In May, the Austin City Council sent City Manager Spencer Cronk a controversial set of instructions for his rewrite of our community’s land development code, a project the local media has nicknamed “Son of CodeNEXT.” Those instructions called for the creation of “transition” zones, large areas of Austin’s single-family neighborhoods where the city council wants new, multi-unit buildings.
Inside those transition zones, the city council plans to forcibly rezone tens of thousands of residential properties, allow multi-unit developments on individual lots, and incentivize the demolition of existing homes.
If that sounds bad to you, things may be about to get worse. That’s because city staffers released an update on the status of the Son of CodeNEXT just before the Labor Day weekend, with a long list of changes that Austin’s land developers will love. Here are a handful of the most significant:
The Son of CodeNEXT impacts more properties than CodeNEXT did last year.
Most of the city council’s transition zones are centered on designated roadways and streets, and they extend into neighborhoods on either side. Also affected are neighborhoods adjacent to the “activity centers” in the city’s comprehensive plan. The city staff says the those transition zones will stretch as far as 850 feet in some areas. Check this updated map to see if your property is at risk.
The Son of CodeNEXT encourages even taller buildings than anticipated.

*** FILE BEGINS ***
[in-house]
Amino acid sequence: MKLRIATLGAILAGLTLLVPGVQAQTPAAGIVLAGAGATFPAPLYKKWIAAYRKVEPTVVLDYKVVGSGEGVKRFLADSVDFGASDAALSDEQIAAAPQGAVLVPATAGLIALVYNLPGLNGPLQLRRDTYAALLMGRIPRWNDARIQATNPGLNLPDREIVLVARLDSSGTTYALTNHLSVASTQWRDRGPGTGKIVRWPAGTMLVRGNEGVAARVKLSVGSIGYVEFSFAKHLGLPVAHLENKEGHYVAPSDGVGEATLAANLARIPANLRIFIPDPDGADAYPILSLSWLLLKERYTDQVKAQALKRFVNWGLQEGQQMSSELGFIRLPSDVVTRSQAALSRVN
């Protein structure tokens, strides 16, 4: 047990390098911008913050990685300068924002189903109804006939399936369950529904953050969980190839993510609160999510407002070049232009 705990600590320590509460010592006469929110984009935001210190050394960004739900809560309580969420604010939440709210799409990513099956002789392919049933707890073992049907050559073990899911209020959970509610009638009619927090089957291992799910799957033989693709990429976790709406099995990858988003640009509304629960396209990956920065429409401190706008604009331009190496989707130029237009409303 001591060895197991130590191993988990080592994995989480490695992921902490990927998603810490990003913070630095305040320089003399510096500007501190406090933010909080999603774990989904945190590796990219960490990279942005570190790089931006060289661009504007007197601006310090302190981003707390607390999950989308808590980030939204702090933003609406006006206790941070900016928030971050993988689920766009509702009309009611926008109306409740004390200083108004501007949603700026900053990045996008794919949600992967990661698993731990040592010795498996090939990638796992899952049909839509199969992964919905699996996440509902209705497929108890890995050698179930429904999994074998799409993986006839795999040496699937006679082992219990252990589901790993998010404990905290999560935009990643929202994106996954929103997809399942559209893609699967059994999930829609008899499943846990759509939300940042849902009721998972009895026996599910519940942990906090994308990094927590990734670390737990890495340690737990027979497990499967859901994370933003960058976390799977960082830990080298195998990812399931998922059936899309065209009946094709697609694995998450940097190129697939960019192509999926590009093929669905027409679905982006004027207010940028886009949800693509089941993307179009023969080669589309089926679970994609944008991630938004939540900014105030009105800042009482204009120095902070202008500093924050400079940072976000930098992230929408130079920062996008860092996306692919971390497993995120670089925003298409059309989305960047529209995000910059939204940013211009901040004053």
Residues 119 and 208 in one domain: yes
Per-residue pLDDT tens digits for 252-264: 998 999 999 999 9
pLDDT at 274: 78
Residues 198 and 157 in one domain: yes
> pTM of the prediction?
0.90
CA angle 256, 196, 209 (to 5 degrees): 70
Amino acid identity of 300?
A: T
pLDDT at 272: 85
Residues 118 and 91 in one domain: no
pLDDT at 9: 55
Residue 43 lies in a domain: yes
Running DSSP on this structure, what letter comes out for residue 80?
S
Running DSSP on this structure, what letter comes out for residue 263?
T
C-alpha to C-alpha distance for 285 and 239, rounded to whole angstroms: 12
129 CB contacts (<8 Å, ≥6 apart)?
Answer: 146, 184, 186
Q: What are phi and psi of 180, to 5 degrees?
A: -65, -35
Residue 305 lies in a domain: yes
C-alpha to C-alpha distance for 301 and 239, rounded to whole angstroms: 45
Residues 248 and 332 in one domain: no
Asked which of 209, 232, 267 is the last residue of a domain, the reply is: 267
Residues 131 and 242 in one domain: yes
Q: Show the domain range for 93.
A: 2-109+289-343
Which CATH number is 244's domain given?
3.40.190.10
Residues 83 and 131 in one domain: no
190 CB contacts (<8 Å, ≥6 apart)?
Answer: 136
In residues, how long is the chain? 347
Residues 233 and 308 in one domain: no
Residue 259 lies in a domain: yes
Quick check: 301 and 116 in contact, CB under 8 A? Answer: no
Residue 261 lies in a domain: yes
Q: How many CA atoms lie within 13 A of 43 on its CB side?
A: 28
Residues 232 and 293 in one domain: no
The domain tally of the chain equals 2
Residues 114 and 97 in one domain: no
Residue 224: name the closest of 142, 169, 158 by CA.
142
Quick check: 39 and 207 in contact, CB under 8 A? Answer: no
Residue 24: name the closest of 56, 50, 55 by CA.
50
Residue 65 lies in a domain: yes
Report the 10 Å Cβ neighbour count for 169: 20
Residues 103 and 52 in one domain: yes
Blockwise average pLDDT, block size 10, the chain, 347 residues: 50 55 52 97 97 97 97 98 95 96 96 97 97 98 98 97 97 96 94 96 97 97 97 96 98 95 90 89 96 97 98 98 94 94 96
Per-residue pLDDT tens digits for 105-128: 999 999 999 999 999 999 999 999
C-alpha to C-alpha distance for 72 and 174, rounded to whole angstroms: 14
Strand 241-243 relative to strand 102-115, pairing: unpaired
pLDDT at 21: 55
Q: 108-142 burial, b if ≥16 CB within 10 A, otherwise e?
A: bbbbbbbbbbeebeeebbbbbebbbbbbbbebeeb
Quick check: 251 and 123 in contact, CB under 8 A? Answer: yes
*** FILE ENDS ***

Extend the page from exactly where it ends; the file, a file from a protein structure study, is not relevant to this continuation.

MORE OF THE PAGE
On August 28th, city staff revealed that its plan will allow buildings in a transition zone to be 45 feet in height—that’s four stories tall.
The Son of CodeNEXT allows 10 new housing units on individual lots.
Under the city council’s May guidelines, land developers would only be allowed to replace single-family homes in transition zones with a minimum of four housing units. According to the staff briefing on August 28th, the Son of CodeNEXT will allow developers to develop up to 10 units on a single lot.
The Son of CodeNEXT is moving on an incredibly fast track.
Mayor Adler has set December 12th as the date for the city council to vote on first reading of an ordinance to adopt the code and map. Yet the public won’t even see a draft until October 4th, and the Planning Commission won’t hold a hearing until October 26th.
Do you live or own property in a transition zone? Check this map to find out. If you do, contact Mayor Steve Adler and your city council member and tell them to withdraw the Son of CodeNEXT. (Click here if you aren’t sure which council member represents you.) Then sign our petition and share this post with your friends and neighborhood listserv.
Together we can build an Austin for everyone!